I’ve waved the white flag, I have no more strength to persevere

I’ll go down with this ship, the water feels so sincere

I look down from this cliff, into the abyss I do not fear

For when I take this last step, my mind will be cleared

 

©Russell Lehmann 2014

The Man at the Window

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Saturday, November 22, 2014 was a very rough day for me. I was questioning my life, my potential, my future. I was pissed off because I have lived such a mentally excruciating life, with very few good experiences to speak of. I was sick and tired of going head-to-head against myself, with a brain that was beyond fucked up. I was angry, I was sad, I was confused, but above all else, I was hurt. I’m such a great guy, with so much to offer this world, and yet, for some reason that I could not wrap my head around, I was being punished. Why? Every day I pour my heart and soul into becoming the man I want to be, going to battle with my disorders that some may say have already predestined my future. I aim to be that intelligent, funny, kind and loving man who is full of integrity and who stops at nothing to accomplish his dreams, but that Saturday I felt like the universe had it in for me.

And then I experienced a moment I will never forget. It was late at night, the downtown air brisk and cold. As I was walking to my car, I noticed a shady figure moseying around the parking lot. I was alert and cautious as I sat down in the driver’s seat, keeping one eye on the whereabouts of the mysterious character. Once I was in my car with my doors locked, my gaze followed his every step. “What is he up to?” I asked myself. “Probably nothing good”

The man slowly approached a store window, and started to peer inside. I immediately thought that he was casing the place, but when I looked closer I noticed that he was looking into a bakery, its window showcasing their freshly made bread. The man had his hands cupped around the outside of his face, his breath fogging up the only obstacle between him and a good meal. Once I realized that this was a homeless man in need of food, my mindset changed immediately. I dug inside my pockets trying to find some extra cash to give him, but to no avail. I desperately wanted to help the man, but I had no means of doing so. I watched him gradually take his eyes off the loaves of bread as he slowly started to walk away, with his head down and his hands inside his pockets.

I soon drove away, contemplating what I had just seen. Within minutes I broke into tears. I felt like a little bitch. Who was I to complain about my circumstances? Here I am, a smart, healthy young man who is very financially comfortable, with a great family, friends and an amazing girlfriend. I’m in the prime of my life and I have so many things going for me. On my drive home I came to understand that the world is my oyster, and that I am capable of doing anything I set my mind to. Watching that man sorrowfully walk away from food he was unable to have broke my heart but gave me a huge kick in the ass. I have it better than 99.99% of people out there, and it’s about damn time that I start acting like it.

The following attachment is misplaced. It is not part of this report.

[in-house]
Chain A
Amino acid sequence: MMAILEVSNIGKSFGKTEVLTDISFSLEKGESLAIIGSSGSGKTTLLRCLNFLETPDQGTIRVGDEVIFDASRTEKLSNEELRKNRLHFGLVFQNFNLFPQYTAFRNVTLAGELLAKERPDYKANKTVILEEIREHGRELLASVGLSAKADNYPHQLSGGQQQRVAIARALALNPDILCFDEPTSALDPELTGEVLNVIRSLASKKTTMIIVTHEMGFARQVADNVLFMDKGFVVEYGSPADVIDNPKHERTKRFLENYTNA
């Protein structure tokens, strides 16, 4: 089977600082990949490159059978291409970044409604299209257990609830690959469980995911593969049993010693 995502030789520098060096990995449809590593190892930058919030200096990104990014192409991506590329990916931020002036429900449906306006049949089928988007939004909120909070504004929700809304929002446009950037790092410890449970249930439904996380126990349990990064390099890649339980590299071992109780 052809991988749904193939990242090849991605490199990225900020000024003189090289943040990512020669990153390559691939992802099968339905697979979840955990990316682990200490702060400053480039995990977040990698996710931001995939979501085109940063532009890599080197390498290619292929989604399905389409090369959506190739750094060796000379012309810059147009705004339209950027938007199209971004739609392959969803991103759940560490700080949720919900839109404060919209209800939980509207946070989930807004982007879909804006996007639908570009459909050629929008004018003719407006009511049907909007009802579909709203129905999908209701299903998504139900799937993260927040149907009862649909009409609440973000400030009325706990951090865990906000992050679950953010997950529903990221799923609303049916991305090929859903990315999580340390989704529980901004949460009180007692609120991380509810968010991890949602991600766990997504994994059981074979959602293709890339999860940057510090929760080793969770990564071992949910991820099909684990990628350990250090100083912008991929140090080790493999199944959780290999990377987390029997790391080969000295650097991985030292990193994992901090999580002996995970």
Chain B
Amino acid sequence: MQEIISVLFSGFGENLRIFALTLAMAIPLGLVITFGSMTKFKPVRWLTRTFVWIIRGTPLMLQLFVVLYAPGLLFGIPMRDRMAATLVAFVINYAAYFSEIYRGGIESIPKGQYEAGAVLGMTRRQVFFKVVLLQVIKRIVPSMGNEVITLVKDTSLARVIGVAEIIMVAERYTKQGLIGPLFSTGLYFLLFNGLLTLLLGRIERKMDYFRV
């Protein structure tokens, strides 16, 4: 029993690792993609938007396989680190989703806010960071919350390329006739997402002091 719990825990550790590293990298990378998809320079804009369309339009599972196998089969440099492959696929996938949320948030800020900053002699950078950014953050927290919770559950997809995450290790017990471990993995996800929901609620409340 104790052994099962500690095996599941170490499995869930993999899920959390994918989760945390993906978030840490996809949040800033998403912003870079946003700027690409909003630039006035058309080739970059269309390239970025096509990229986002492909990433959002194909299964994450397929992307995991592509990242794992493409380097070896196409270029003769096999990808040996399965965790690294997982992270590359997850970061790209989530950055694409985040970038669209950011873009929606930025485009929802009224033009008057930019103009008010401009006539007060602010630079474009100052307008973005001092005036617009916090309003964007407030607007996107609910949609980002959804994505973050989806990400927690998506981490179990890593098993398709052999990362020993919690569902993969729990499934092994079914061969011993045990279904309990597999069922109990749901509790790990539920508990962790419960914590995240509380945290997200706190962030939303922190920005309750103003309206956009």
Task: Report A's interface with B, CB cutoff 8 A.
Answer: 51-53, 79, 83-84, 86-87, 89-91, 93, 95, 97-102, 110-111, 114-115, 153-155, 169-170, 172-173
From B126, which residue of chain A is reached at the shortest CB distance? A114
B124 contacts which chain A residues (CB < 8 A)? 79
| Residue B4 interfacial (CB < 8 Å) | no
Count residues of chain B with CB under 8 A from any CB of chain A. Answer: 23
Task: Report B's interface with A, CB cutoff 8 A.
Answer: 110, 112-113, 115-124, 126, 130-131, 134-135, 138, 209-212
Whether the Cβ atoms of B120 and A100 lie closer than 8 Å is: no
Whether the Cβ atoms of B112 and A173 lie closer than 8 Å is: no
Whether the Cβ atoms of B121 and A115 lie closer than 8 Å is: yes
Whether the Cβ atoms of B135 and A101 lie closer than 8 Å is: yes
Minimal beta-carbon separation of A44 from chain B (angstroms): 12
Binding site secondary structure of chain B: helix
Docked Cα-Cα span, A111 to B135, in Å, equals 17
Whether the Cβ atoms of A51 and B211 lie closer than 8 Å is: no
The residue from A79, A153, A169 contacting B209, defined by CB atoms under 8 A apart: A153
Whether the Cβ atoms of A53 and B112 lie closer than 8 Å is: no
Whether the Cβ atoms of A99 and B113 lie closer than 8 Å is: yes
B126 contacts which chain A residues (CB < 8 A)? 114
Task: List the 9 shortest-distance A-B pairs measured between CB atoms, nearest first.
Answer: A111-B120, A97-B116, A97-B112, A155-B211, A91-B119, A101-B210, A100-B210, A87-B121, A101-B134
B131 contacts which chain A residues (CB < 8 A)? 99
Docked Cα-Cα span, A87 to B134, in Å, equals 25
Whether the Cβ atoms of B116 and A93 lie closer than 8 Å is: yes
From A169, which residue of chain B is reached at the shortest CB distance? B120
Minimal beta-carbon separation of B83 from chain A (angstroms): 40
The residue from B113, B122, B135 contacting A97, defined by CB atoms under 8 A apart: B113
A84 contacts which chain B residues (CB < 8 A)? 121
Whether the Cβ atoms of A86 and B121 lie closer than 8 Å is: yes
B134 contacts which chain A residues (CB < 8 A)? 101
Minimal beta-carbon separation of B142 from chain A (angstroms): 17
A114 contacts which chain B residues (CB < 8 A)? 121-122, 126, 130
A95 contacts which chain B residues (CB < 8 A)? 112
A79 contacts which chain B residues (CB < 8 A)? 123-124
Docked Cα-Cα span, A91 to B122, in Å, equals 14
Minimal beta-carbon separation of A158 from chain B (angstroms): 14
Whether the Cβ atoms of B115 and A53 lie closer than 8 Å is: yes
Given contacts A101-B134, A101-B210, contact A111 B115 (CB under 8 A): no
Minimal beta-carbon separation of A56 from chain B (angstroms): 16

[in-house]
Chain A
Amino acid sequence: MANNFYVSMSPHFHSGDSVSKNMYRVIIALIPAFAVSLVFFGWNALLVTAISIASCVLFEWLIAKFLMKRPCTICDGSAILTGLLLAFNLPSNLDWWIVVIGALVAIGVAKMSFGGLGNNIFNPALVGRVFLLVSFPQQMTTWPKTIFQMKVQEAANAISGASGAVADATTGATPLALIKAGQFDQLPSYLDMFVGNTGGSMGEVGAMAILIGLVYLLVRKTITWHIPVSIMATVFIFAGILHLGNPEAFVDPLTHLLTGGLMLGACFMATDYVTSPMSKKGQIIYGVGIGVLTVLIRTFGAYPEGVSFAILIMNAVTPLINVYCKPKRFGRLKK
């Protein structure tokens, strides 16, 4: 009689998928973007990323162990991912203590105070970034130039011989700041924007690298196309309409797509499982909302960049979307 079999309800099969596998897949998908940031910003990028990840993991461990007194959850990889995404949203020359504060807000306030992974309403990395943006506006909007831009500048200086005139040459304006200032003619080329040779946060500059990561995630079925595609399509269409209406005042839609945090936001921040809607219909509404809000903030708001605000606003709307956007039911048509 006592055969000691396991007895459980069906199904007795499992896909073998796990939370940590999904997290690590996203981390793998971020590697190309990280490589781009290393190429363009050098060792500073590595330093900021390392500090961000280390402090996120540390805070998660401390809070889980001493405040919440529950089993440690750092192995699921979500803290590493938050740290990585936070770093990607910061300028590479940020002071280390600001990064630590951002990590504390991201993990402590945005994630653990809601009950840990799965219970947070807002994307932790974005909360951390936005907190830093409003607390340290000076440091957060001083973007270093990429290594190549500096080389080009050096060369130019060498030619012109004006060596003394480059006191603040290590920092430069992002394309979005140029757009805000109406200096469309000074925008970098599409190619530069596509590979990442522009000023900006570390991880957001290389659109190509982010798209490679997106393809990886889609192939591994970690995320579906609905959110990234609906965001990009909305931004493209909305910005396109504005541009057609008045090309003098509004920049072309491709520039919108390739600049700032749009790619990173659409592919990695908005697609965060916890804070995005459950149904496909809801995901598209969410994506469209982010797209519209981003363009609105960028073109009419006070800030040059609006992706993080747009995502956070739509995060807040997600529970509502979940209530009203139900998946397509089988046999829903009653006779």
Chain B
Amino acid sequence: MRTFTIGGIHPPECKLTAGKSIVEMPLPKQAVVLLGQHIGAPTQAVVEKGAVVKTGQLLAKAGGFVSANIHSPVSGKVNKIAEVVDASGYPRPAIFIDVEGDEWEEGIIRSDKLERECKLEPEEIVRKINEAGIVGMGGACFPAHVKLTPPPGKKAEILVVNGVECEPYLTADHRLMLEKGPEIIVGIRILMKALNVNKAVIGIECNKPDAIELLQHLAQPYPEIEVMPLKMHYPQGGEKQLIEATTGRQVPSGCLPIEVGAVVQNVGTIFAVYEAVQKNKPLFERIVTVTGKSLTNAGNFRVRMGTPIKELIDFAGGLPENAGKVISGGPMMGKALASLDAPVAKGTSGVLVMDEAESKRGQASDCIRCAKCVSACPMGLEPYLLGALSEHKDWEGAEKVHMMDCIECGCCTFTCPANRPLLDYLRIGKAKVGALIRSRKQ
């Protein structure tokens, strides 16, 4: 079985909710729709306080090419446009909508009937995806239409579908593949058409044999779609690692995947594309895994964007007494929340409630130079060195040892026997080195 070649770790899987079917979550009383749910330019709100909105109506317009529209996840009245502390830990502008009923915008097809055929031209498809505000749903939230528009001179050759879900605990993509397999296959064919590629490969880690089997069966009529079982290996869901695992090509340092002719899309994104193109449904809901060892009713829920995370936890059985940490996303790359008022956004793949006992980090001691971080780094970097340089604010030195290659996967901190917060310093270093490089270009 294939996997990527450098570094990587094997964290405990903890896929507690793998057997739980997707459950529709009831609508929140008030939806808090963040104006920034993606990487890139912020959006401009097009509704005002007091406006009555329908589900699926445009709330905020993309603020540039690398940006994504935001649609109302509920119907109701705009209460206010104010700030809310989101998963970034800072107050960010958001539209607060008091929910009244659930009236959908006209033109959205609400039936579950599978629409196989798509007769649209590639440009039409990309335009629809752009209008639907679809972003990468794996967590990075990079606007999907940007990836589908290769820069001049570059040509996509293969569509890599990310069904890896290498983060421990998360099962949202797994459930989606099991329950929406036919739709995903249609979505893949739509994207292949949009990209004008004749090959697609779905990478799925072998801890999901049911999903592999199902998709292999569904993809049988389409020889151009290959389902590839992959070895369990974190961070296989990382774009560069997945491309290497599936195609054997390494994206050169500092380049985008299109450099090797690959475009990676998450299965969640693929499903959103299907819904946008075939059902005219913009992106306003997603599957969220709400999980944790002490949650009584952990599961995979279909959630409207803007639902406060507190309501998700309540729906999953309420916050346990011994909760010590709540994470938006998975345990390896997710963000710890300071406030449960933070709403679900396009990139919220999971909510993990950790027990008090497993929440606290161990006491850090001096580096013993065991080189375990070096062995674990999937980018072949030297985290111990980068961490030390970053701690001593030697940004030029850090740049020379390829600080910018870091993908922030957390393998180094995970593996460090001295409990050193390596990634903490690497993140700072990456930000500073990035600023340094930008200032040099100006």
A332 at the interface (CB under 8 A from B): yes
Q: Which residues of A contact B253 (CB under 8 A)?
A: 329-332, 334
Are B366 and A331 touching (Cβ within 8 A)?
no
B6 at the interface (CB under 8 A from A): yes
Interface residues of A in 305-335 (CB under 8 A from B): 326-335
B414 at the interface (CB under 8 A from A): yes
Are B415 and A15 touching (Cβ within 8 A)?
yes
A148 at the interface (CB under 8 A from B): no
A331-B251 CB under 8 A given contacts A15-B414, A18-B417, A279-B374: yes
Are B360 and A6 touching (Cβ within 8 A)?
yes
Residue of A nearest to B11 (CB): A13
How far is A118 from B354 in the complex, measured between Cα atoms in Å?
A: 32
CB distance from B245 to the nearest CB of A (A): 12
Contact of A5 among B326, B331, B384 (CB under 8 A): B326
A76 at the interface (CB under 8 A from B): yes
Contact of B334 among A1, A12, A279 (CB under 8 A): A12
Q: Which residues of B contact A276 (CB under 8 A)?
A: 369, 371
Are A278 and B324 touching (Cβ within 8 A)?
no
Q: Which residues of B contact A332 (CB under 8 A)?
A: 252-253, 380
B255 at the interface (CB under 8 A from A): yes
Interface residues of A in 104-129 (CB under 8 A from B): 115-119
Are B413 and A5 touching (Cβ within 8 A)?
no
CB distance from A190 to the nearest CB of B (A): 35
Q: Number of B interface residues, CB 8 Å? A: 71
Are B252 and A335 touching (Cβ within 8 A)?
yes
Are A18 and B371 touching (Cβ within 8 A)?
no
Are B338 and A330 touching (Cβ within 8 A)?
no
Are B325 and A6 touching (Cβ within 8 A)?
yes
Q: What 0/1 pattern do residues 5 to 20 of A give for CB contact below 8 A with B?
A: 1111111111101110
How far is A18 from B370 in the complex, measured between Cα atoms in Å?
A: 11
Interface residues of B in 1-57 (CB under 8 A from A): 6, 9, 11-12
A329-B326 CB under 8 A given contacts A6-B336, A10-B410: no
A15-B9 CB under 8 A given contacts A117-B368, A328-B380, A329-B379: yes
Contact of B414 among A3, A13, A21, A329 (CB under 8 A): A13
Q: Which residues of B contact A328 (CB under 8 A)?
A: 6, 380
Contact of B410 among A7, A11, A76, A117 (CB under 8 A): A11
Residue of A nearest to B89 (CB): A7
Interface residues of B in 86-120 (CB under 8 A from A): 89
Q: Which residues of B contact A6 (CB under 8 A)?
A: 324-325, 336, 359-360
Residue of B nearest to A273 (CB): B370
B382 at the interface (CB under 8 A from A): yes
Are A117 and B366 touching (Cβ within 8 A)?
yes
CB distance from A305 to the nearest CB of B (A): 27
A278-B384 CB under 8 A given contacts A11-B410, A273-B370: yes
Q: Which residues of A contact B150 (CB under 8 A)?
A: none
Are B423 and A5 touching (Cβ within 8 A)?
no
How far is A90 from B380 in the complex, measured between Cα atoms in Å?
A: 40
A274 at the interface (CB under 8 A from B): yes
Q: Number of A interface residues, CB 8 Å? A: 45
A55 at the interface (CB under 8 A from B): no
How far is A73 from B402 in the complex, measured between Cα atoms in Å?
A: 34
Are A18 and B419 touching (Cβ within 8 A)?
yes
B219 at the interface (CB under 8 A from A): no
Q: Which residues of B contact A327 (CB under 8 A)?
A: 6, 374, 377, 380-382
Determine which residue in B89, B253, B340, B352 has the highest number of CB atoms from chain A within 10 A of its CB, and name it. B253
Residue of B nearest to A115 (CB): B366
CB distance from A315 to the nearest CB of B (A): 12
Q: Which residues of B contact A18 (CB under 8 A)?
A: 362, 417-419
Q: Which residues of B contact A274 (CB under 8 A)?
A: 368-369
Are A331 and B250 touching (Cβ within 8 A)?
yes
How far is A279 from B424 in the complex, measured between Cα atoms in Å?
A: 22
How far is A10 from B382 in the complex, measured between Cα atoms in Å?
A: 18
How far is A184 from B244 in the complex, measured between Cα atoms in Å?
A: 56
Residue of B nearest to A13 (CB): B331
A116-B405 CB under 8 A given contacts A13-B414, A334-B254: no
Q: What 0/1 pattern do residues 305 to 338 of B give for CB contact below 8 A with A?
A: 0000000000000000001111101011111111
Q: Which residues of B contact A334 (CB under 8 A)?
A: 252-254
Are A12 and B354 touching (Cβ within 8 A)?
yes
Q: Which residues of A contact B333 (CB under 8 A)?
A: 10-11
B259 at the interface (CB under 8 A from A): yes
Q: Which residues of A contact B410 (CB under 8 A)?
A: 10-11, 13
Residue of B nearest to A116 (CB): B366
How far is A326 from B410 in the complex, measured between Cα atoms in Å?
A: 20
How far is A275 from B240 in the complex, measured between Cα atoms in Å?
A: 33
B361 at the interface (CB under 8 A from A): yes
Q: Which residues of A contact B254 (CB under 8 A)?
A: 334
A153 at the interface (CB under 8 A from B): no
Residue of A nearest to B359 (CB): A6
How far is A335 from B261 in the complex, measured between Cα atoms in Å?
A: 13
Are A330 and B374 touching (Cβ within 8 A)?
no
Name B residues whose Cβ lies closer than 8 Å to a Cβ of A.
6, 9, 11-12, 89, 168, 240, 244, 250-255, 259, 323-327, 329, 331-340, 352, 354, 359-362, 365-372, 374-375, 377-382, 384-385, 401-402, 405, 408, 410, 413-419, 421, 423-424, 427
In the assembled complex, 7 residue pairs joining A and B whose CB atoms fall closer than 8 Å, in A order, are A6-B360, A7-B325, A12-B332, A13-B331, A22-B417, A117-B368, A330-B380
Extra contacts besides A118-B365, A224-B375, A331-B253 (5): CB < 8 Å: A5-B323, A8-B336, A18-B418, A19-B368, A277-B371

That night I made the decision to reach every single goal I set for myself, no matter what obstacles may be thrown in my way. As one supremely insightful soul once told me, “You can do anything you want. You underestimate yourself.”

Oh, and I’ll be sure to keep some extra cash on hand for the next time I come across a person in need.

The Premature Burial

The Premature Burial Pic

 

He was a man of mighty words

He was loved throughout the town!

He preached to the needy herds

When in their sorrows they drowned

 

He was a man of many years

But his soul was so young!

Yet he could not help but fear

That his time here on earth was about done

 

He was a man in fast decline

His physical essence was about gone!

The crowds waited in line

To declare their “so longs”

 

He was a man now passed on

For his body was so cold!

Yet his soul stayed strong

And never left its mold

 

He was a man now entombed

For the grief was so strong!

There was a feeling of disquietude

As he was lowered under the lawn

 

He was a man who was now resting

In such a pleasant peace!

The people put forth their blessings

To the disappointment of his soul, for it was not yet deceased!

 

He was a man all alone

Now all alone in the ground!

Yet unfeasibly he uttered a moan

While his eyes looked around

 

He was a man now alive

Brought back from the dead!

Hi soul had survived

Helping to keep his heart fresh

 

He was a man stricken with luck

Yet in unison with misfortune!

For he was now forever stuck

In a box of retention!

 

He was a man now hoping to be saved

But he had to come to terms!

His future had fatefully been paved

For death was quickly approaching with yearn!

©Russell Lehmann 2014

The Money Pit

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Factual accounts state that in the year 1795, three young men, Daniel McGinnis, Samuel Ball, and Anthony Vaughan, happened to come upon a small circular pit on Oak Island in Nova Scotia. However, I was there also, and for the life of me I cannot figure out how people do not know this. It is my wish to relay to you the happenings that took place during this time.